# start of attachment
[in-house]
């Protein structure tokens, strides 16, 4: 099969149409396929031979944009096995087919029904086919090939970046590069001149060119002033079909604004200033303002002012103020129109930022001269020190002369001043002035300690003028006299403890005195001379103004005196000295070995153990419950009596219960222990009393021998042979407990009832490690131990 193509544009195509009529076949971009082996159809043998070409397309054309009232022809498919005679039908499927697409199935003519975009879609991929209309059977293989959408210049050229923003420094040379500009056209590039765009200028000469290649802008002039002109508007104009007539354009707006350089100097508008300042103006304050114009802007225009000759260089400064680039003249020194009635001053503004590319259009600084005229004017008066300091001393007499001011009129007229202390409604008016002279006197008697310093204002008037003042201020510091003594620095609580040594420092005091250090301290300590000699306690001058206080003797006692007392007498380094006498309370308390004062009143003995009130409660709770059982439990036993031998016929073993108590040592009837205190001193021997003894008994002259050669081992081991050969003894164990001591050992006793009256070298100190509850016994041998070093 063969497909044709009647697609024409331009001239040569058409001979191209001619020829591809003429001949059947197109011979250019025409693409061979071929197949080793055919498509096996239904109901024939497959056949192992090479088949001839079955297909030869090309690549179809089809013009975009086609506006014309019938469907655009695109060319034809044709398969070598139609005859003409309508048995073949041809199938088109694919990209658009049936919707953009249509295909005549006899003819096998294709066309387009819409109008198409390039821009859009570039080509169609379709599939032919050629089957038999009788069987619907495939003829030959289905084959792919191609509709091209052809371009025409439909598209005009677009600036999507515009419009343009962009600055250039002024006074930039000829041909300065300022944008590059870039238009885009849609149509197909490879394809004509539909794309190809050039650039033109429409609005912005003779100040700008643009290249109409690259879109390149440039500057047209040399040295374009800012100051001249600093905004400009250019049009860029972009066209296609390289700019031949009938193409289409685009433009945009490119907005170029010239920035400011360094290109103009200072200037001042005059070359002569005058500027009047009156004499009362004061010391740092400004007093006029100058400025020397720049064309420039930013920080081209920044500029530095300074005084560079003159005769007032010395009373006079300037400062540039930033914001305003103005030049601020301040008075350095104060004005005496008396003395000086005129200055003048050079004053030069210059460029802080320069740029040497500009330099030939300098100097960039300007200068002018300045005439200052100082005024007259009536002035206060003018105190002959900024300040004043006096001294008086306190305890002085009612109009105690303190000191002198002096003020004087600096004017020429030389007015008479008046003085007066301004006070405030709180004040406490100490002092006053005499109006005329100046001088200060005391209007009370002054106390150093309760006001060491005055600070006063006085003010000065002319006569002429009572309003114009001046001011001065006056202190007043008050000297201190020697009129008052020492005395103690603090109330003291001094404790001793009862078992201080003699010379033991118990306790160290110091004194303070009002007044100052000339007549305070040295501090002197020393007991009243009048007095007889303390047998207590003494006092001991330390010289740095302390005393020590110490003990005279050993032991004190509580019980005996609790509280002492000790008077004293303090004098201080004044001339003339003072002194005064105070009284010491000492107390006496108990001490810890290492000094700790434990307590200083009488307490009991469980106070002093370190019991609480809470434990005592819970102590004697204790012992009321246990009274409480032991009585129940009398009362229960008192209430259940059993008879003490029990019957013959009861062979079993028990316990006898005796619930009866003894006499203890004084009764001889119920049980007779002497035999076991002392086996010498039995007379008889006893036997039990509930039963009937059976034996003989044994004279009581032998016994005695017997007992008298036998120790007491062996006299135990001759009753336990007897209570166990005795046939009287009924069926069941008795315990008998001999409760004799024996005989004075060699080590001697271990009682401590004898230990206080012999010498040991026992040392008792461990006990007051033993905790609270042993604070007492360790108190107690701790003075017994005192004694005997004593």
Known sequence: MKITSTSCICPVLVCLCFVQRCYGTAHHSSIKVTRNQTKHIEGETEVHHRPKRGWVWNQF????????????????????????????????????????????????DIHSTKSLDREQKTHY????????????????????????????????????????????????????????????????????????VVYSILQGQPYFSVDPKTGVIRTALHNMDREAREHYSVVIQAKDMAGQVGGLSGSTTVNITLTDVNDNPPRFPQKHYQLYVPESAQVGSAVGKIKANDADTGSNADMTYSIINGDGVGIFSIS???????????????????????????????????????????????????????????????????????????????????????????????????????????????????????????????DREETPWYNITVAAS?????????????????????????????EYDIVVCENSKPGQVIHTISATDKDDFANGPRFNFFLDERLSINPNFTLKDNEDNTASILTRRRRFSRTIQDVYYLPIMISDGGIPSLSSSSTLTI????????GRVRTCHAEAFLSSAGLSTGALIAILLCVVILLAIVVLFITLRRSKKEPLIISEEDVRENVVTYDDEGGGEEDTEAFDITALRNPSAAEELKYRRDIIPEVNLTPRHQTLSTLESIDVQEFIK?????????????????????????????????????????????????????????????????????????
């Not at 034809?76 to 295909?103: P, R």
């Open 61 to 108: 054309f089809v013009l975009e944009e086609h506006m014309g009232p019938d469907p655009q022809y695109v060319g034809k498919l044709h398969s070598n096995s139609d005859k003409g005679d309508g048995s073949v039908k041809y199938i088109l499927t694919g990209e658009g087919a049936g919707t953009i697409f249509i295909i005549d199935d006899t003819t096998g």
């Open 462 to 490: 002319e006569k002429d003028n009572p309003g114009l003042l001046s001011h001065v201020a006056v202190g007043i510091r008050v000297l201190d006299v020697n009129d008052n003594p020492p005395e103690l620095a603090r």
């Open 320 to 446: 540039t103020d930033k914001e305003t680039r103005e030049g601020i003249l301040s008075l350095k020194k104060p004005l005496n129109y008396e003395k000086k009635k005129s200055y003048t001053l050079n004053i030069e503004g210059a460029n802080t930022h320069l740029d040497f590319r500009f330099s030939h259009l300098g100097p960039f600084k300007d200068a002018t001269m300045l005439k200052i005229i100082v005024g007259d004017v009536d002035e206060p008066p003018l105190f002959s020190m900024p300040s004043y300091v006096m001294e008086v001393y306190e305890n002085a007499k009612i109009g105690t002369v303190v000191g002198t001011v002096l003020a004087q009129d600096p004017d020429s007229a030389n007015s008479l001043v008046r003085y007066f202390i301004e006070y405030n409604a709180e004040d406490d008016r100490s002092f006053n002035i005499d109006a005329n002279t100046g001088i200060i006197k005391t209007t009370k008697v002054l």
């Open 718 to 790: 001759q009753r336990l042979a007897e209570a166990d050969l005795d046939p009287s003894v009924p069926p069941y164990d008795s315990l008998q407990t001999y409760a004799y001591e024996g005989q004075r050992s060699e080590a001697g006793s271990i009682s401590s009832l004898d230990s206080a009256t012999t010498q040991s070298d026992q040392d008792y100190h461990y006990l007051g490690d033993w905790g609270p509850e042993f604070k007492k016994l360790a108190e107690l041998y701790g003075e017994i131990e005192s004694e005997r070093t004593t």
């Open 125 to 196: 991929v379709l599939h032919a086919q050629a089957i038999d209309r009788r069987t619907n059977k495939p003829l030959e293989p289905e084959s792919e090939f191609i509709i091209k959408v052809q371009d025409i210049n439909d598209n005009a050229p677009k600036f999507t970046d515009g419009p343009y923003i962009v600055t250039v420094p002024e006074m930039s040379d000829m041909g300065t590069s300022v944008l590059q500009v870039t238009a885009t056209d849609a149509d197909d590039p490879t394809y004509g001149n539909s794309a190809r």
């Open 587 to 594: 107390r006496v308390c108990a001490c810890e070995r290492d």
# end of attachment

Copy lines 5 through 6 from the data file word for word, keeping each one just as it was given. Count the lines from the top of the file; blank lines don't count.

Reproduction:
């Open 61 to 108: 054309f089809v013009l975009e944009e086609h506006m014309g009232p019938d469907p655009q022809y695109v060319g034809k498919l044709h398969s070598n096995s139609d005859k003409g005679d309508g048995s073949v039908k041809y199938i088109l499927t694919g990209e658009g087919a049936g919707t953009i697409f249509i295909i005549d199935d006899t003819t096998g």
């Open 462 to 490: 002319e006569k002429d003028n009572p309003g114009l003042l001046s001011h001065v201020a006056v202190g007043i510091r008050v000297l201190d006299v020697n009129d008052n003594p020492p005395e103690l620095a603090r």